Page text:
That wasn’t the end of our Wi-Fi woes; the Opera Browser lacks an address bar, so we had to tap the browser option icon in the upper-right corner of the display, then Go To, and finally Enter URL to bring up the address bar. Fortunately, the virtual keyboard made typing URLs a breeze; the Archos 7’s wide body is conducive to swift thumb-typing. Double-tapping the screen zooms the page so you can take a closer look at content.
Archos’ e-mail client enabled us to set up a Gmail account, but the other e-mail options are skimpy: Yahoo Mail Plus is the only other supported service.
Multitude of Media Options
The Archos Media Club lets you download content from the likes of CinemaNow (Max Payne was listed as $3.99 to rent, $19.95 to purchase, but we encountered an error that wouldn’t let the flick fully download—we’ll update when we get a fix for this problem) and view free clips from DailyMotion. Jamendo lets you download free (and legal) albums from a variety of independent artists across a variety of genres. Clicking on the Archos News Network icons provided fast access to the Euronews and DW-World Web pages, where we watched streaming news videos.
The Web TV & Radio plug-in enabled us to stream radio and TV programming (such as a talk show on a local radio channel and numerous community-access channels) from a variety of nations at a smooth rate with very little buffering. The audio and visual quality ranged from poor and static-filled, to very good with few blemishes. We were able to tune into a local rock station (Z100) as well as watch a music video broadcast from the Ivory Coast on Ivorian TV.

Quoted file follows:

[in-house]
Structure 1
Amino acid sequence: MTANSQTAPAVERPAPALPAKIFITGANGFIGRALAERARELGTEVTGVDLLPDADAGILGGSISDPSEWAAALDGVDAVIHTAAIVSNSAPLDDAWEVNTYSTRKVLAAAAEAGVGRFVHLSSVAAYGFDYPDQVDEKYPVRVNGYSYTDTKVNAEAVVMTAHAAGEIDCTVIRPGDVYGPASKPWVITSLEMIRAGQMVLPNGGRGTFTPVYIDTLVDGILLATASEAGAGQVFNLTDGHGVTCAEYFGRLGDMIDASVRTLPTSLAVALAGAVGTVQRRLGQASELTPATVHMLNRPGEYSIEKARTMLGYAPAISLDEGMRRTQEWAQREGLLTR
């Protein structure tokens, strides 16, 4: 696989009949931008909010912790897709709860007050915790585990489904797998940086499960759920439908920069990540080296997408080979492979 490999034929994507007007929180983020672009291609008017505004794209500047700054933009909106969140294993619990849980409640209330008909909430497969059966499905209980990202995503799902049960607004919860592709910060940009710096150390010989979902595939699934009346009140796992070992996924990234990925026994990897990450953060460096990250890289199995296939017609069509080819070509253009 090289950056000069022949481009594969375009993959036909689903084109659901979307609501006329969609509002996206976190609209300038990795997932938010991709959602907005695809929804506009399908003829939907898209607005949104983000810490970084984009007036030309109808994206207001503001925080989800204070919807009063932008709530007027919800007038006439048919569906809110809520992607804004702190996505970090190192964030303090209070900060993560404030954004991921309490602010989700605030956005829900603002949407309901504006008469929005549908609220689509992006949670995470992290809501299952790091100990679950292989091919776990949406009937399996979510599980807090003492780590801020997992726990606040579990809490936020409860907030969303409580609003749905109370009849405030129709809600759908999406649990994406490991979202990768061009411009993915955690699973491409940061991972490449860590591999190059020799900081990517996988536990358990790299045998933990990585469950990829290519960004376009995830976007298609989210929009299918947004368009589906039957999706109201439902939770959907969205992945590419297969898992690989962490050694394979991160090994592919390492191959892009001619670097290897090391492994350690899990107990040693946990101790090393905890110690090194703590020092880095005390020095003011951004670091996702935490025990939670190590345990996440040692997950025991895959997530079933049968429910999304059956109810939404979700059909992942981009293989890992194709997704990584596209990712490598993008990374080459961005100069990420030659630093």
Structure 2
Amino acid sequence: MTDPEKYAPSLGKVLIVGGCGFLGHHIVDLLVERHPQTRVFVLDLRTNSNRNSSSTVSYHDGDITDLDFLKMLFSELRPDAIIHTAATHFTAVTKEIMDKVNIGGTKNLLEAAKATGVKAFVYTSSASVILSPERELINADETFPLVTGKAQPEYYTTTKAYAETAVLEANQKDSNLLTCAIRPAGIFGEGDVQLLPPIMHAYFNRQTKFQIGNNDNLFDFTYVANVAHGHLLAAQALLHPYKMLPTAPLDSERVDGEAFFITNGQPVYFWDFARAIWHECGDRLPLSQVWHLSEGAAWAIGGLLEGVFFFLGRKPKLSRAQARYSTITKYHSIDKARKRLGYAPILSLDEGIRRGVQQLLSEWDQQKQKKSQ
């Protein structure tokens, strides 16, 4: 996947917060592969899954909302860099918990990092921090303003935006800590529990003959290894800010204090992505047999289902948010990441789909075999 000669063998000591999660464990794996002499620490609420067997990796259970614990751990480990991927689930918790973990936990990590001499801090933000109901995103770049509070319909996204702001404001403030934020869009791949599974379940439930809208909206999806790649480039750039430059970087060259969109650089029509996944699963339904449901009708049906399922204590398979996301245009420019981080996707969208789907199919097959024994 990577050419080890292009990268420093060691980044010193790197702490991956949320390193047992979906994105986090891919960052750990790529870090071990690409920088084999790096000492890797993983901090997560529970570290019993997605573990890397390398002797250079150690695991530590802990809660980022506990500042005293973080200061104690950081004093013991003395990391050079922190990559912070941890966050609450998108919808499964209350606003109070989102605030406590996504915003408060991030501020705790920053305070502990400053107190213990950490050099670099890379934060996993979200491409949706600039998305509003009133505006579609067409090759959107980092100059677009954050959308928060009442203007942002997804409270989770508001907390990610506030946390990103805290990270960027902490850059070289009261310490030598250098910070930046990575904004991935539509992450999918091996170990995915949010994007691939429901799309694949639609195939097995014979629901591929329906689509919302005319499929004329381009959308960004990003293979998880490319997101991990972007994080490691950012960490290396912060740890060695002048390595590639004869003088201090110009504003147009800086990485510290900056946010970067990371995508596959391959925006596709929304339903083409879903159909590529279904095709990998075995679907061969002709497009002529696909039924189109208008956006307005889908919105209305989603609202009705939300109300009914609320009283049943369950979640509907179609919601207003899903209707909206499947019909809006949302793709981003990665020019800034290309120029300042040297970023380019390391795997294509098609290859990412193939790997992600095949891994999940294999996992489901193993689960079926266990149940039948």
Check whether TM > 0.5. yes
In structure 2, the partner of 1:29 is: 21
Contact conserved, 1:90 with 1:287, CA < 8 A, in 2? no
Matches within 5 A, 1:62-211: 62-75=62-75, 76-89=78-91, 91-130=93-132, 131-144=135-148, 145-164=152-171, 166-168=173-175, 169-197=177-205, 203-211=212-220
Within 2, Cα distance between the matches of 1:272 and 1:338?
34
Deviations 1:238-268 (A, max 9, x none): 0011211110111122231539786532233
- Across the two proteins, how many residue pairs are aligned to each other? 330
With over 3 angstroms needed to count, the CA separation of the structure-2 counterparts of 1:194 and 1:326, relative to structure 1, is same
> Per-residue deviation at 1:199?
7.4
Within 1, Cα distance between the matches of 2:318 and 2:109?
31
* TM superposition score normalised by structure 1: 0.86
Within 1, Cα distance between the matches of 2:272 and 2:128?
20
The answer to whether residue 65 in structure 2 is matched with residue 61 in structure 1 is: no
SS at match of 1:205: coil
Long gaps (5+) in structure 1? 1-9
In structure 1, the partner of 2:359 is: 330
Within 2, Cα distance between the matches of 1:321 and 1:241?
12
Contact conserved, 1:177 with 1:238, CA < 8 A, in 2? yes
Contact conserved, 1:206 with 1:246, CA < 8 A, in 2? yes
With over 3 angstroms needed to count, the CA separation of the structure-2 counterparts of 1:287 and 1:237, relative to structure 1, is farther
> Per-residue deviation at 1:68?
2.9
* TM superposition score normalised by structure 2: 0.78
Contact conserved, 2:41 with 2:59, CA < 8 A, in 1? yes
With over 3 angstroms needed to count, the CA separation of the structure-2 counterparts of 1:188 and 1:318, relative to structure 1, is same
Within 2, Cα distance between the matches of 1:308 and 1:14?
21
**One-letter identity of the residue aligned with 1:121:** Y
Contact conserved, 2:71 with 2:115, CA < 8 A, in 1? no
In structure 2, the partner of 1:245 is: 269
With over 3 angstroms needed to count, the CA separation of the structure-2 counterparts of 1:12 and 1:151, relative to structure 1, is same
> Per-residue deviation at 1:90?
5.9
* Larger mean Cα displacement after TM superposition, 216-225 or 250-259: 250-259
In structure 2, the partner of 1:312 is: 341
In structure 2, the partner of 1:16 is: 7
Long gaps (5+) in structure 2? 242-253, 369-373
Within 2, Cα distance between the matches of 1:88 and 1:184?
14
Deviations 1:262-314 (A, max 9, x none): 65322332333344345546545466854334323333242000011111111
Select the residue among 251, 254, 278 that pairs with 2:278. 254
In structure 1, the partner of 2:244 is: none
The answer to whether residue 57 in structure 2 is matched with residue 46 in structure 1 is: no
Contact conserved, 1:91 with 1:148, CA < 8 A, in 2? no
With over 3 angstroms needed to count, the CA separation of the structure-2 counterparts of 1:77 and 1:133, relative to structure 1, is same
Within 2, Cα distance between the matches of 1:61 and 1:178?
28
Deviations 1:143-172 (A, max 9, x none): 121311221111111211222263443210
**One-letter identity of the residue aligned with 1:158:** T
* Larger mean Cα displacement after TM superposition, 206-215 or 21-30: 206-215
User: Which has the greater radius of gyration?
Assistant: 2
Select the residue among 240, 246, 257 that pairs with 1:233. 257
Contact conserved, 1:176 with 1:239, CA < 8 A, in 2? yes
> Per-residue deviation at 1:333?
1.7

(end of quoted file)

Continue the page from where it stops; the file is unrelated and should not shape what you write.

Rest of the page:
Additionally, the Archos 7 has a number of widgets for converting currency and measurements, getting the weather forecast, and taking notes.
As per usual with Archos media devices, a number of add-ons are available for those willing to spend the extra cash. We tested the Archos 7 with the $99.99 DVR Station (which includes a wireless QWERTY keyboard with built-in navigation pad), and S/PDIF, composite, S-Video, and HDMI ports for connecting your audio/video gear. Bundled with the DVR Station are all of the cords you need to get started except for HDMI, but we used our office HDMI cable to connect the dock to a 32-inch Samsung monitor. Video playback was flawless, but multimedia mavens who want to experience the sharpest picture will have to look elsewhere, as the video output is capped at 720p. You can also use the DVR Station to record your favorite television shows.
Good Battery Life
The removable battery is rated to last 39 hours of audio and 10 hours of video. In our hands-on time with the unit, we looped a video clip for nearly 7 hours before needing to reach for an outlet.
Archos 7 Verdict
Assuming Archos can work out the CinemaNow kinks, the Archos 7 would offer something the iPod touch currently doesn’t deliver: wireless video downloads. As is, the Archos 7 is a quality portable media player, but the sluggish Web surfing sullies the Internet Media Tablet experience. In addition, even for 160GB of storage, $449 is no small price to pay, and Archos’ nickel-and-dime add-on tactics drives the cost up even more if you want to use the PMP to its full capabilities. Nevertheless, if you want a big-screen PMP for cross-country flights, the Archos 7 is your player.